Courts Still Coming Down Hard on People Selling Cannabis

Article by Mike Hager, Globe and Mail

Courts still coming down hard on people selling cannabis MIKE HAGER

A Winnipeg man was sentenced this week to 10 months in prison after getting caught with a folding knife, a scale, cellphones, baggies and almost three times the legal cannabis limit of 30 grams.
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Three months after Rodney Clayton Felix was caught in a mall with 86 grams of cannabis, the Liquor, Gaming and Cannabis Authority of Manitoba handed out two $2,500 tickets to vendors caught selling thousands of illegal THC-infused edibles and more than a kilogram of dried bud at the HempFest Cannabis Expo in the same city.
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And in another case, Manitoba-based cannabis producer Bonify had its sales licence suspended by Health Canada earlier this year after allegedly selling 210 kilograms of substandard marijuana purchased from the illicit market but sold through licensed retail outlets. No criminal charges have resulted from that incident.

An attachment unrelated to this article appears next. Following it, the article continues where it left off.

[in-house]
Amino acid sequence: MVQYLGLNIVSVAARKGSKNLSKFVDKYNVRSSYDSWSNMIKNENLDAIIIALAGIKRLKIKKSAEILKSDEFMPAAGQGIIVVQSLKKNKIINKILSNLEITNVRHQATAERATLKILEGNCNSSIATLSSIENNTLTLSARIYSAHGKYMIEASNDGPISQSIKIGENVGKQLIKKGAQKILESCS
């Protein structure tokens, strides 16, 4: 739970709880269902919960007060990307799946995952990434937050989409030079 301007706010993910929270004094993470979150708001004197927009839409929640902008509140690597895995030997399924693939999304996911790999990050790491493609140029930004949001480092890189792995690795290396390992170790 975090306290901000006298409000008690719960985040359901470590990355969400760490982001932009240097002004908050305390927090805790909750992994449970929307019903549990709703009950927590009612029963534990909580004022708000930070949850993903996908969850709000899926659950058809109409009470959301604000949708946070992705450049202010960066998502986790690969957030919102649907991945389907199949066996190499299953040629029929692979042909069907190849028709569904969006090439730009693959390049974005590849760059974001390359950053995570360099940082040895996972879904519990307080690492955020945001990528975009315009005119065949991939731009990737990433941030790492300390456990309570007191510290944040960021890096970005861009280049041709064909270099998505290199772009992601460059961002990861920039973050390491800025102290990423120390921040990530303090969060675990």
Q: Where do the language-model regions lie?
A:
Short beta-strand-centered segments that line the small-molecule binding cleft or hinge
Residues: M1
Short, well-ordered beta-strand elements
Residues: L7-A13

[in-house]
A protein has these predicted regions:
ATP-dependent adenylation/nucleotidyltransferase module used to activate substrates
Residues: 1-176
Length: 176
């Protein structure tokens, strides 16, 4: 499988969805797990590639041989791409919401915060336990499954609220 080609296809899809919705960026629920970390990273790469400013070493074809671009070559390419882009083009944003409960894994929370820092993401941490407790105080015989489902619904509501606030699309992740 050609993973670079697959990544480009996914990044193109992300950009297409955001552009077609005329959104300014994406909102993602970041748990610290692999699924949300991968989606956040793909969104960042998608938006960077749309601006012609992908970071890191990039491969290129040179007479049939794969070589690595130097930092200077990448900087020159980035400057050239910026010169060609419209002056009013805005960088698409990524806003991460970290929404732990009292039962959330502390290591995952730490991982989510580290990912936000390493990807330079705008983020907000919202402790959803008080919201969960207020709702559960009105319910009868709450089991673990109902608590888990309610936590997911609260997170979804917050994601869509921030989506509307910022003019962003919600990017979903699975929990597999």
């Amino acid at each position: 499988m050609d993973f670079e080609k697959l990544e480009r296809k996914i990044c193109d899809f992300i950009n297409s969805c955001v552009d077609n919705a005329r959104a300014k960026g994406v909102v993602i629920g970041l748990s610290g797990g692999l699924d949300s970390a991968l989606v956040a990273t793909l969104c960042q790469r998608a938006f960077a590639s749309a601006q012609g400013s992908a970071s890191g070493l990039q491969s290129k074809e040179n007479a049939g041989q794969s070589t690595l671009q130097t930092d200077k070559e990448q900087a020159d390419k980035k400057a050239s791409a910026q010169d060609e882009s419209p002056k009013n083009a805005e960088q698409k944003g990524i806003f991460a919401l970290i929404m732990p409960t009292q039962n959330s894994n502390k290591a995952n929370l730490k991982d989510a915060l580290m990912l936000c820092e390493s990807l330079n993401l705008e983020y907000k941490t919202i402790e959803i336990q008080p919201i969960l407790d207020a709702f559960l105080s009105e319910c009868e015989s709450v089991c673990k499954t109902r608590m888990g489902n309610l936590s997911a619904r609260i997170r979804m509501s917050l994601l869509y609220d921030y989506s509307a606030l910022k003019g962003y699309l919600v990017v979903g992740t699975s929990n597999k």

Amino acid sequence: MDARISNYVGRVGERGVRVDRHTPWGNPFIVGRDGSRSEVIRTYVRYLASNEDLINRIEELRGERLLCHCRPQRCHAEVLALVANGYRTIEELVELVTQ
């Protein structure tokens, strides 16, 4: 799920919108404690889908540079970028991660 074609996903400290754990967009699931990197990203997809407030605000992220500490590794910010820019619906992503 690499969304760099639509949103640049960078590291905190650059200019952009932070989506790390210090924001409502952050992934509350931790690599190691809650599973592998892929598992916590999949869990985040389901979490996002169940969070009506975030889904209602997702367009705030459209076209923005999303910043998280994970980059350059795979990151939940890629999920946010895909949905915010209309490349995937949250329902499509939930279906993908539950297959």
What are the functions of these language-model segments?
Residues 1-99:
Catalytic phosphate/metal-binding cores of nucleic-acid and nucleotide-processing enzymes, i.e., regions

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Critics say the different punishments in these cases show Canada’s enforcement of its new cannabis laws is as arbitrary and heavy-handed as it was before legalization, which made squeezing out the illicit market a core priority.
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Spokeswoman Nathalie Houle said the fact that recreational cannabis is now legalized has no bearing on the PPSC’s position that drug dealers should be sentenced to periods in jail similar to how they were under the old cannabis laws.
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The authorities have the discretion to hand out a maximum $200 ticket for people caught with more than 30 grams in public or, if there is much more cannabis or other items such as baggies or “score sheets” showing customer data, the person can be charged with possessing cannabis for the purpose of distribution, which carries a maximum sentence of 14 years.

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